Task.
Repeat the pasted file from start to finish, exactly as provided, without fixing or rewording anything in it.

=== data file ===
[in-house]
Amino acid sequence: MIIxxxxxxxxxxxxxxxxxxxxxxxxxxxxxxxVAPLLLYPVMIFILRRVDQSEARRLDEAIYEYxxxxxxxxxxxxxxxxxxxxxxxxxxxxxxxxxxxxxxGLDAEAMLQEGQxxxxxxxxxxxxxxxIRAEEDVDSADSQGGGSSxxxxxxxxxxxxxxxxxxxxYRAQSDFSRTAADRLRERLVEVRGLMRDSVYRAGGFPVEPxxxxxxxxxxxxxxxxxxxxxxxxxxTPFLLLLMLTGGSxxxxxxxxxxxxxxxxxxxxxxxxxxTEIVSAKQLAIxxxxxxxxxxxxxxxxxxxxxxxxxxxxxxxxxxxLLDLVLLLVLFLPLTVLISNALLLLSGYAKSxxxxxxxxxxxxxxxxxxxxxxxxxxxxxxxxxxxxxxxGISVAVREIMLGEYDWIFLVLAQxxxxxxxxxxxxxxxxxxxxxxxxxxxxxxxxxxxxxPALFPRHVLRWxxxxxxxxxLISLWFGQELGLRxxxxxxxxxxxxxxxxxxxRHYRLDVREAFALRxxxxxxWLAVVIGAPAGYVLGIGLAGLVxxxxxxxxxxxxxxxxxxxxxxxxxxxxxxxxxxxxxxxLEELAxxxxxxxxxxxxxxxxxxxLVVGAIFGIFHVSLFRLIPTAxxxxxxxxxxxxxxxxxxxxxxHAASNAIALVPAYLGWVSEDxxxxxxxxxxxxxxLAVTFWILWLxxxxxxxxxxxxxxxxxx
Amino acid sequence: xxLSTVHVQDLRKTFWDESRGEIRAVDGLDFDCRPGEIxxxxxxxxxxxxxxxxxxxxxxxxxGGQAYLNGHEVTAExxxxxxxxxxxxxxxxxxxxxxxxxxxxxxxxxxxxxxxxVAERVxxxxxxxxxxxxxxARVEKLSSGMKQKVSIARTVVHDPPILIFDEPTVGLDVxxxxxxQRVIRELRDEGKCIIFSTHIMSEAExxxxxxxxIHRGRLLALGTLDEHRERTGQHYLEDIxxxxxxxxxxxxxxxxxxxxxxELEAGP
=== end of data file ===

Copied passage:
[in-house]
Amino acid sequence: MIIxxxxxxxxxxxxxxxxxxxxxxxxxxxxxxxVAPLLLYPVMIFILRRVDQSEARRLDEAIYEYxxxxxxxxxxxxxxxxxxxxxxxxxxxxxxxxxxxxxxGLDAEAMLQEGQxxxxxxxxxxxxxxxIRAEEDVDSADSQGGGSSxxxxxxxxxxxxxxxxxxxxYRAQSDFSRTAADRLRERLVEVRGLMRDSVYRAGGFPVEPxxxxxxxxxxxxxxxxxxxxxxxxxxTPFLLLLMLTGGSxxxxxxxxxxxxxxxxxxxxxxxxxxTEIVSAKQLAIxxxxxxxxxxxxxxxxxxxxxxxxxxxxxxxxxxxLLDLVLLLVLFLPLTVLISNALLLLSGYAKSxxxxxxxxxxxxxxxxxxxxxxxxxxxxxxxxxxxxxxxGISVAVREIMLGEYDWIFLVLAQxxxxxxxxxxxxxxxxxxxxxxxxxxxxxxxxxxxxxPALFPRHVLRWxxxxxxxxxLISLWFGQELGLRxxxxxxxxxxxxxxxxxxxRHYRLDVREAFALRxxxxxxWLAVVIGAPAGYVLGIGLAGLVxxxxxxxxxxxxxxxxxxxxxxxxxxxxxxxxxxxxxxxLEELAxxxxxxxxxxxxxxxxxxxLVVGAIFGIFHVSLFRLIPTAxxxxxxxxxxxxxxxxxxxxxxHAASNAIALVPAYLGWVSEDxxxxxxxxxxxxxxLAVTFWILWLxxxxxxxxxxxxxxxxxx
Amino acid sequence: xxLSTVHVQDLRKTFWDESRGEIRAVDGLDFDCRPGEIxxxxxxxxxxxxxxxxxxxxxxxxxGGQAYLNGHEVTAExxxxxxxxxxxxxxxxxxxxxxxxxxxxxxxxxxxxxxxxVAERVxxxxxxxxxxxxxxARVEKLSSGMKQKVSIARTVVHDPPILIFDEPTVGLDVxxxxxxQRVIRELRDEGKCIIFSTHIMSEAExxxxxxxxIHRGRLLALGTLDEHRERTGQHYLEDIxxxxxxxxxxxxxxxxxxxxxxELEAGP